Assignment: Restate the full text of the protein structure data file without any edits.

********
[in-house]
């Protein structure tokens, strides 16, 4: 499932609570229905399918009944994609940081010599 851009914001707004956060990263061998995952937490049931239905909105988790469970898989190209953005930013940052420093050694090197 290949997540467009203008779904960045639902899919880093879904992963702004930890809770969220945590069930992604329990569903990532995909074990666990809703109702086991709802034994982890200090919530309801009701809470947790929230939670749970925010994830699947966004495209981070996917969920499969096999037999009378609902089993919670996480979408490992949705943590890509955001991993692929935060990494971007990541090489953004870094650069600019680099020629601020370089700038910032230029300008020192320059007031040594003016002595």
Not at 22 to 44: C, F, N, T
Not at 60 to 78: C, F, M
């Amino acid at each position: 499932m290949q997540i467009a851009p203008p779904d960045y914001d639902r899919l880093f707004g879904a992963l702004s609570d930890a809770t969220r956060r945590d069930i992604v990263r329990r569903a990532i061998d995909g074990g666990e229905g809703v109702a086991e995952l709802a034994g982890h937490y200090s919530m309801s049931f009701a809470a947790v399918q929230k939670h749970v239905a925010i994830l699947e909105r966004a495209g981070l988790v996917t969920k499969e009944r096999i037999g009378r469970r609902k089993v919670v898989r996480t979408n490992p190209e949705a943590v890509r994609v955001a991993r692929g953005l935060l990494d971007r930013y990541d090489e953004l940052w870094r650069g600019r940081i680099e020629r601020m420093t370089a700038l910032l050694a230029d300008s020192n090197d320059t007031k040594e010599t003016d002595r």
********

[in-house]
């Protein structure tokens, strides 16, 4: 499932609570229905399918009944994609940081010599 851009914001707004956060990263061998995952937490049931239905909105988790469970898989190209953005930013940052420093050694090197 290949997540467009203008779904960045639902899919880093879904992963702004930890809770969220945590069930992604329990569903990532995909074990666990809703109702086991709802034994982890200090919530309801009701809470947790929230939670749970925010994830699947966004495209981070996917969920499969096999037999009378609902089993919670996480979408490992949705943590890509955001991993692929935060990494971007990541090489953004870094650069600019680099020629601020370089700038910032230029300008020192320059007031040594003016002595």
Not at 22 to 44: C, F, N, T
Not at 60 to 78: C, F, M
């Amino acid at each position: 499932m290949q997540i467009a851009p203008p779904d960045y914001d639902r899919l880093f707004g879904a992963l702004s609570d930890a809770t969220r956060r945590d069930i992604v990263r329990r569903a990532i061998d995909g074990g666990e229905g809703v109702a086991e995952l709802a034994g982890h937490y200090s919530m309801s049931f009701a809470a947790v399918q929230k939670h749970v239905a925010i994830l699947e909105r966004a495209g981070l988790v996917t969920k499969e009944r096999i037999g009378r469970r609902k089993v919670v898989r996480t979408n490992p190209e949705a943590v890509r994609v955001a991993r692929g953005l935060l990494d971007r930013y990541d090489e953004l940052w870094r650069g600019r940081i680099e020629r601020m420093t370089a700038l910032l050694a230029d300008s020192n090197d320059t007031k040594e010599t003016d002595r």